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five matches underway in the scottish premiership — with rangers and celtic both in action. leaders rangers are against hearts at ibrox, who are second. it is currently goalless there. celtic, down in 6th place, taking on motherwell at fir park. goalless there as well. in the championship, fulham got the better of west london rivals queens park rangers — they thrashed their local rivals, in convincing fashion. it finished a—i at craven cottage — aleksandr mitrovic scoring twice for the home side. the win moves fulham up to third, two points behind the top two — at least for a couple of hours —as bournemouth can go top with a win at bristol city. it�*s one of the biggest days ahead in cameron norrie�*s tennis career, he faces gregor dimitrov, tonight in the semi—finals of the indian wells tournament. whatever happens he�*s already assured of being the new british number 0ne next week,
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and could even break into the world�*s top 20 for the first time. if he wins, norrie will face either unseeded georgian nikoloz basilashvili or american taylor fritz in the final. basilashvili produced a real surprise to beat the greek world number three stefanos tsitsipas in three sets. while home favourite fritz provided a shock of his own — beating the olympic champion alexander zverev. fritz saved two match points before winning in three sets. spain�*s paula badosa beat the in—form 0ns jabeur in straight sets. to set up a meeting with victoria azarenka in the women�*s final. azarenka came from a set and break down to beatjelena 0stapenko. azarenka will aim to become the first woman to win the tournament three times after victories in 2012 and 2016. at the women�*s big bash in australia, sydney thunder have started the defence of their title — with a humilating defeat — losing by 30 runs to the adelaide strikers. and the match will be remembered for this stunning catch by bridget patterson. with the ball heading for six — patterson was able to not only able to catch it one handed — but also able to make
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sure she didn�*t take it over the boundary rope. a stunning bit of fielding. great work. the melbourne renegades have started this season�*s tournament with a win. they beat the hobart hurricanes by six wickets. set 122 to win from their 20 overs, melbourne chased down their target with four balls to spare. that�*s all the sport for now. manchester united are a goal up at leicester. manchester united are a goal up at leicester. you can find more on all those stories on the bbc sport website. thank you very much. the united nations has withdrawn its invitation to matt hancock, to take up an unpaid role helping africa s economies recover from covid19. it�*s understood a decision was taken at senior levels within the un to rescind the offer — after questions were raised about the former health secretary�*s suitability for the role. 0ur correspondent, mark lobeljoins me now. you have been following this story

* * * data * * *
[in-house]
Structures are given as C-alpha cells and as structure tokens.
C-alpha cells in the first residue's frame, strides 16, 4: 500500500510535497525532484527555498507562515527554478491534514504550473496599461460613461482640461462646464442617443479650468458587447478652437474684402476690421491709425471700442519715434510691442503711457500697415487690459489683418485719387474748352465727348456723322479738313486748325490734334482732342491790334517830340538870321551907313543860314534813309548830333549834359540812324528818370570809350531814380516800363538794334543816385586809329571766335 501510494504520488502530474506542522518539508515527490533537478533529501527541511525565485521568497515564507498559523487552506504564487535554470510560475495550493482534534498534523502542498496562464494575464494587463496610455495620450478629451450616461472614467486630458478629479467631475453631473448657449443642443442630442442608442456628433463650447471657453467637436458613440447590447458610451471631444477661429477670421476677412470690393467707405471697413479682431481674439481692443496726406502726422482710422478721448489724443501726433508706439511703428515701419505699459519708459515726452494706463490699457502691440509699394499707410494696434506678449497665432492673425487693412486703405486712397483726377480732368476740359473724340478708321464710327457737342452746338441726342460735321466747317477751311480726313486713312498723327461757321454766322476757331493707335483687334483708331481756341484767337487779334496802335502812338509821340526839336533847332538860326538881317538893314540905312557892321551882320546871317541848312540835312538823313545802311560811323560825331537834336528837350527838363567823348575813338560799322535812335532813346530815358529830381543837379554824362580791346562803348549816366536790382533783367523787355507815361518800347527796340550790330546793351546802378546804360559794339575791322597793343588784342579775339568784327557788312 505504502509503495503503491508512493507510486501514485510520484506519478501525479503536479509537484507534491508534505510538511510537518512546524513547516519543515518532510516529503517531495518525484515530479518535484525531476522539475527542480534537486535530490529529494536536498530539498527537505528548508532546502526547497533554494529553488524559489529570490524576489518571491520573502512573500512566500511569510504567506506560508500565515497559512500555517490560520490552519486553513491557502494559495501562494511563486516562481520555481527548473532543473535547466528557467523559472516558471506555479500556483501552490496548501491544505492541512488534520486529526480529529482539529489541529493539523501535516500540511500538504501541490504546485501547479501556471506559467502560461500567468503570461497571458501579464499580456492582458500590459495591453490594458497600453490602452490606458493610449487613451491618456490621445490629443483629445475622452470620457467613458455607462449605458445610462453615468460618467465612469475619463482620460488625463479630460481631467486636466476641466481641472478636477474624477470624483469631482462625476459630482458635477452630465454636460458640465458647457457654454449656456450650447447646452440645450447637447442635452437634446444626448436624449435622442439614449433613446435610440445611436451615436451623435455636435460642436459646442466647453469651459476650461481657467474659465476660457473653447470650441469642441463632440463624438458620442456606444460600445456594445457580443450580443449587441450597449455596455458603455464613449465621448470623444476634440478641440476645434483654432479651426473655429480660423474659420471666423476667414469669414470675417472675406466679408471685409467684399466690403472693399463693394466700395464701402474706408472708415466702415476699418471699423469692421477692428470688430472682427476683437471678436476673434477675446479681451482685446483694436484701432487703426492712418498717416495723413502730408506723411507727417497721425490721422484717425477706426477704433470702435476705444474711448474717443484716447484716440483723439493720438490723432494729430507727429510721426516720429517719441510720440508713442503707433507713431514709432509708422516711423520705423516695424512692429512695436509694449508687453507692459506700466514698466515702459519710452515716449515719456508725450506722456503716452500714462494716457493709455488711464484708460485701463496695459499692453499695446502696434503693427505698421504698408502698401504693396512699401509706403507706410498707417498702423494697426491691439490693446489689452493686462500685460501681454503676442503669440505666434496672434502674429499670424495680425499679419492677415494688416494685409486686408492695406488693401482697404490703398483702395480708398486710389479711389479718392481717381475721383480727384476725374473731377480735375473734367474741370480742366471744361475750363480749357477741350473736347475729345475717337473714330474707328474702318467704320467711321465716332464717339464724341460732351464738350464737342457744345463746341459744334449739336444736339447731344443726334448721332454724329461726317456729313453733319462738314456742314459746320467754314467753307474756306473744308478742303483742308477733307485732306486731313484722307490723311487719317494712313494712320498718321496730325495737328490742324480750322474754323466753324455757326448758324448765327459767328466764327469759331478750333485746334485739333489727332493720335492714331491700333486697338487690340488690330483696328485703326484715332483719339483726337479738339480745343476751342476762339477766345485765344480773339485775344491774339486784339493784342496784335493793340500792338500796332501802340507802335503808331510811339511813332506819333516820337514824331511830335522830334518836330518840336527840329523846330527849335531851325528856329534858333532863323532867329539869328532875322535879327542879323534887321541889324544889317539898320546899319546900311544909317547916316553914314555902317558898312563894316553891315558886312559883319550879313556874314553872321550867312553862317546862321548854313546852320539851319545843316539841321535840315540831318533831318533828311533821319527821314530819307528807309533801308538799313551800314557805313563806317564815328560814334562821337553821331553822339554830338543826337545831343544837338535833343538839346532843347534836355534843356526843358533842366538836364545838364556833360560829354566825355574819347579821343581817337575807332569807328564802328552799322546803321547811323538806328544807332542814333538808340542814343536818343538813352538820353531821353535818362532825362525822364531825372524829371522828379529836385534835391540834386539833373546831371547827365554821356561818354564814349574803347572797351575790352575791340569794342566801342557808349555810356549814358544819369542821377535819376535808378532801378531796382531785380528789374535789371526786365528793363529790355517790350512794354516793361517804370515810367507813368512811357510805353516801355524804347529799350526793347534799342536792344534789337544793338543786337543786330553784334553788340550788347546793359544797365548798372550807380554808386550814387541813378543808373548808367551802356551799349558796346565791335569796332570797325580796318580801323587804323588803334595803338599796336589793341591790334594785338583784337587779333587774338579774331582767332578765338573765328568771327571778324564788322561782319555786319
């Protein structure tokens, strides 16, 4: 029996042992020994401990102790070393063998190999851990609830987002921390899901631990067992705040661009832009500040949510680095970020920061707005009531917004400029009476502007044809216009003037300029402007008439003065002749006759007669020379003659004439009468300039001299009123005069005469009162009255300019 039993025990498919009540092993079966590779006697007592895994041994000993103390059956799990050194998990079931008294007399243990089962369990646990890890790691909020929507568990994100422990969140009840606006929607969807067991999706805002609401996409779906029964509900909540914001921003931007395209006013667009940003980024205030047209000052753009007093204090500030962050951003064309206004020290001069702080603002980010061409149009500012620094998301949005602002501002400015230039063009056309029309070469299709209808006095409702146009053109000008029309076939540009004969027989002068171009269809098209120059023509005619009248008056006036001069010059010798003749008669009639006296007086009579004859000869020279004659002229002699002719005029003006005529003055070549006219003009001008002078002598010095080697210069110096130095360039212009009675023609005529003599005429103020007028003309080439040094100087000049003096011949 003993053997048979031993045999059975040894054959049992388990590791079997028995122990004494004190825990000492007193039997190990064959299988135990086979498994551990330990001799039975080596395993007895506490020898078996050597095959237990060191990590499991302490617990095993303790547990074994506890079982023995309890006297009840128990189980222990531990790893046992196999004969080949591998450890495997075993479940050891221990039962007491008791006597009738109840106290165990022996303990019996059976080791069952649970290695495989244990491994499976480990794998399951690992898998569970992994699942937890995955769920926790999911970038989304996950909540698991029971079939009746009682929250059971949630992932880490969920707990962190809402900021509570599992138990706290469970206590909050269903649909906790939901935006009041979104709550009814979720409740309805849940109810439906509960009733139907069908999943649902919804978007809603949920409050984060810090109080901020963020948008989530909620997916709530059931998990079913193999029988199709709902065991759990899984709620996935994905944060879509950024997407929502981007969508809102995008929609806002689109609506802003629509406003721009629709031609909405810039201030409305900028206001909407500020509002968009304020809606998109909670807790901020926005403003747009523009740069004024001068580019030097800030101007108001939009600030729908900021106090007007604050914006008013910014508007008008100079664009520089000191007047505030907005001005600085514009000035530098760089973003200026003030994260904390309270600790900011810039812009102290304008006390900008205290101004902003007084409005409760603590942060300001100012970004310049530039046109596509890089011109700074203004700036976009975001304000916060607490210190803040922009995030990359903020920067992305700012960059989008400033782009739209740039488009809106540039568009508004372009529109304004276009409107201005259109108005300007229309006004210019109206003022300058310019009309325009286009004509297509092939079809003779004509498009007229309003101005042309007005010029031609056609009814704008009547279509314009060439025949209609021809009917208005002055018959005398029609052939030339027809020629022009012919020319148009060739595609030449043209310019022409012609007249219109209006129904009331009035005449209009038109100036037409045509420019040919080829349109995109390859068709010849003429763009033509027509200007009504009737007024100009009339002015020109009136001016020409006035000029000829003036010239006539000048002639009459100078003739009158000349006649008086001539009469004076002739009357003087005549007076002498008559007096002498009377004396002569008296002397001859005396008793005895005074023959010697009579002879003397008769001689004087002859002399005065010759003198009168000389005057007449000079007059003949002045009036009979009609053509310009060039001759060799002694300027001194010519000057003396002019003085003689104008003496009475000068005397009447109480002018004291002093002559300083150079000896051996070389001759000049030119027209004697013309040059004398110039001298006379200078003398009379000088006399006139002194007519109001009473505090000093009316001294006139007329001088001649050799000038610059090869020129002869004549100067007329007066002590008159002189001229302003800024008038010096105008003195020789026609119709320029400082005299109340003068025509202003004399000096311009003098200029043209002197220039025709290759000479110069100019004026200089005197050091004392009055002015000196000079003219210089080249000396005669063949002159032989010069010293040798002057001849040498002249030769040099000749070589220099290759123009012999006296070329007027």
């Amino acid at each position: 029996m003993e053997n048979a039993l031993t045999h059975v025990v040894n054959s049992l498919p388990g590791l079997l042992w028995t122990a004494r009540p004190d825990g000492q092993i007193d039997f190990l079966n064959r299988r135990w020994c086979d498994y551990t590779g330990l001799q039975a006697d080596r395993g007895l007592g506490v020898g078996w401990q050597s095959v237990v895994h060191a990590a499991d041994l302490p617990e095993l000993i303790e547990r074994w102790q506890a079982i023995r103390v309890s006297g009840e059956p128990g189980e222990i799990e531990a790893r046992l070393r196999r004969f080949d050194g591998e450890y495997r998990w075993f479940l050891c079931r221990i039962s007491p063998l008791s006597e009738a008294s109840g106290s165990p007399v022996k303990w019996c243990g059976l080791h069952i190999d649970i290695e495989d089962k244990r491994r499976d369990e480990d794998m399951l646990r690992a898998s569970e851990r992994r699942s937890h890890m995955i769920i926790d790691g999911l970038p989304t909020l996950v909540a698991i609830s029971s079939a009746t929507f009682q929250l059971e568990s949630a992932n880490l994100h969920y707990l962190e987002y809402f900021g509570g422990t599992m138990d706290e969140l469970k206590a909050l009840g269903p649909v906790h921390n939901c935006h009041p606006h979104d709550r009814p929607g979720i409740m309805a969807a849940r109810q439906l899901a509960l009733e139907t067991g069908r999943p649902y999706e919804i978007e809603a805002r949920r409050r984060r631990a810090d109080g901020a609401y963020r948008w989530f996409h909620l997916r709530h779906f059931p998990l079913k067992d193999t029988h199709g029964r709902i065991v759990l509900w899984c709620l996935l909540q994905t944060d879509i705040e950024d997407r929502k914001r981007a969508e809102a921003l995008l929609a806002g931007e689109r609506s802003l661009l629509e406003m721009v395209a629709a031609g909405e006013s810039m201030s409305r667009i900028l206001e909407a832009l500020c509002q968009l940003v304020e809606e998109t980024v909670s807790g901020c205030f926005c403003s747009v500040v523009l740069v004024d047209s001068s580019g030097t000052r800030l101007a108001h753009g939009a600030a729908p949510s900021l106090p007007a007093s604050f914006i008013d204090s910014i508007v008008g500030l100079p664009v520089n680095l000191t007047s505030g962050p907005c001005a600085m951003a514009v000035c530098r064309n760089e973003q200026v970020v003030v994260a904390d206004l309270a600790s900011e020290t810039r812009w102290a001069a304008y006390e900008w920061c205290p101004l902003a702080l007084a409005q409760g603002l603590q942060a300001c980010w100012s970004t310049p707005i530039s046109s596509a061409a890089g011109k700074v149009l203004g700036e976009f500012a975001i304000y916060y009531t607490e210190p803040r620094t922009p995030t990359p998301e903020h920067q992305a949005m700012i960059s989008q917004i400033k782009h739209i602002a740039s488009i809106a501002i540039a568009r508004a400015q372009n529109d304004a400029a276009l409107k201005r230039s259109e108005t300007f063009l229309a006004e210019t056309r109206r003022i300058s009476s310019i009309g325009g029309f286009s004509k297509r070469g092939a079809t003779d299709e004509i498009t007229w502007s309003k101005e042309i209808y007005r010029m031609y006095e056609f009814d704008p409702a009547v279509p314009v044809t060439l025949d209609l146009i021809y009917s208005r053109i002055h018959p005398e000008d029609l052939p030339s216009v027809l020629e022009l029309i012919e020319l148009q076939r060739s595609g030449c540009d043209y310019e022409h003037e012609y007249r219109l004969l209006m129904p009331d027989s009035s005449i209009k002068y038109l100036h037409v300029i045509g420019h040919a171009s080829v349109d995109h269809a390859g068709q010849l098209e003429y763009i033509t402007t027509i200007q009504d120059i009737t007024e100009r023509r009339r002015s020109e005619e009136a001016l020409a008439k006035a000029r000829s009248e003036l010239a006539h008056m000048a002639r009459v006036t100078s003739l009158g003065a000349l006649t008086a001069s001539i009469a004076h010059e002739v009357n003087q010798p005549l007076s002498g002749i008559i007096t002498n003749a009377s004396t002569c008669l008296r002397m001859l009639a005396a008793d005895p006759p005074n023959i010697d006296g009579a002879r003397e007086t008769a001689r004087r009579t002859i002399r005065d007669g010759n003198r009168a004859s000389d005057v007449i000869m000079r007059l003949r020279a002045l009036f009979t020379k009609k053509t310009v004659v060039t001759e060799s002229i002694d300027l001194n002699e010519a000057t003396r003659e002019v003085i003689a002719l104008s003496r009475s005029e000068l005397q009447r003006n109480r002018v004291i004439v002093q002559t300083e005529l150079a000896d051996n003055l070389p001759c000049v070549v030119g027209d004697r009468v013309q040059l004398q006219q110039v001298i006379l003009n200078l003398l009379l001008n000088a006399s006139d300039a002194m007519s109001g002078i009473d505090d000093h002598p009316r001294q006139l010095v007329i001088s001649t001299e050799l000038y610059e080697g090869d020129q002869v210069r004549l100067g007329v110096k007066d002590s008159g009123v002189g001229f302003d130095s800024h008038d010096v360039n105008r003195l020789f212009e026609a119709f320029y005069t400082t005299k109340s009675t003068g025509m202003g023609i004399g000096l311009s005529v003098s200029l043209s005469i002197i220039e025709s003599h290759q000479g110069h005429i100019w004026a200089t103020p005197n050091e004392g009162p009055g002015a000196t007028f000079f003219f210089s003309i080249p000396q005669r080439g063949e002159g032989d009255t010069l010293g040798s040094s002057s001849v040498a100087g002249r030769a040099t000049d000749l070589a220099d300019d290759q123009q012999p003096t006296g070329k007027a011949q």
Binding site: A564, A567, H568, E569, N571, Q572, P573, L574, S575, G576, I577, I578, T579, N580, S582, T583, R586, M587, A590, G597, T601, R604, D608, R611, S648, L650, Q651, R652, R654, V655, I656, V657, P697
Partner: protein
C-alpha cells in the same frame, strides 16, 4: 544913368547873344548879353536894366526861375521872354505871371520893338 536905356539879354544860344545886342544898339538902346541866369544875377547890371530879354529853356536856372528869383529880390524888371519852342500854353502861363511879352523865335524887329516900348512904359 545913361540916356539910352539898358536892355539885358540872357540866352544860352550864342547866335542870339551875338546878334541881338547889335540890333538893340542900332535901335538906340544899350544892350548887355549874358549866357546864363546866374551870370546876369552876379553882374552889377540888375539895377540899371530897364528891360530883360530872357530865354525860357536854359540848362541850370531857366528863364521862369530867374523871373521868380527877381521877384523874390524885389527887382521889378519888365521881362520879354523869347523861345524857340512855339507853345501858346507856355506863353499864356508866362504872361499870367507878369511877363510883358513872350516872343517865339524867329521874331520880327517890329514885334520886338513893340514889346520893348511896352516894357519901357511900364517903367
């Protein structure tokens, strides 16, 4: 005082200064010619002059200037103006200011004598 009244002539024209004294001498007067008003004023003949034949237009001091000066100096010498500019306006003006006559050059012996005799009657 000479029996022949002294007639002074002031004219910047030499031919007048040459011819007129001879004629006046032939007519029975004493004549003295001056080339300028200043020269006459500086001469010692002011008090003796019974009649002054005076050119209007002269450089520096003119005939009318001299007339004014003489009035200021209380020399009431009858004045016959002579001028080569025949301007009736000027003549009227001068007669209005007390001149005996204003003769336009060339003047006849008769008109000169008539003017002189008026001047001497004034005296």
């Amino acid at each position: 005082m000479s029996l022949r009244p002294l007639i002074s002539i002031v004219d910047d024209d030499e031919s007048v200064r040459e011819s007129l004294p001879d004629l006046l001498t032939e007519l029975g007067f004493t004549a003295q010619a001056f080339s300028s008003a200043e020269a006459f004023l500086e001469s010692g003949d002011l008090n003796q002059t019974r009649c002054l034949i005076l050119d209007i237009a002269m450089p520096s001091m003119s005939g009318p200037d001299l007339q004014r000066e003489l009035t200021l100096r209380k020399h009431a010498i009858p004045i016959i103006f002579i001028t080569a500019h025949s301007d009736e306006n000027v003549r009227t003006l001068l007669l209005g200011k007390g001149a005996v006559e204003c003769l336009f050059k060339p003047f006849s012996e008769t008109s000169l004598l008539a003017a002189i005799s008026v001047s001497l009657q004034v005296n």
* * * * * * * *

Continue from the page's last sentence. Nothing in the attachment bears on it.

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very carefully, the news broke on the 12th of october so as happened since? , ., , . , since? this development which is embarrassing _ since? this development which is embarrassing for _ since? this development which is embarrassing for the _ since? this development which is embarrassing for the former - since? this development which is l embarrassing for the former health secretary who wanted to resuscitate his political career. it looked like the first step and come on tuesday when he had announced this news alongside the un economic commission for africa that he would be a special representative, an unpaid role to help africa�*s economy recover from covid. role to help africa�*s economy recoverfrom covid. he role to help africa�*s economy recover from covid. he tweeted that later, thejob did not come recover from covid. he tweeted that later, the job did not come from the uk government, it was internally from the un. he received praise from michael gove and justine doris. but there was anger it was announced on there was anger it was announced on the day a highly critical mp report came out criticising the government handling of the pandemic. also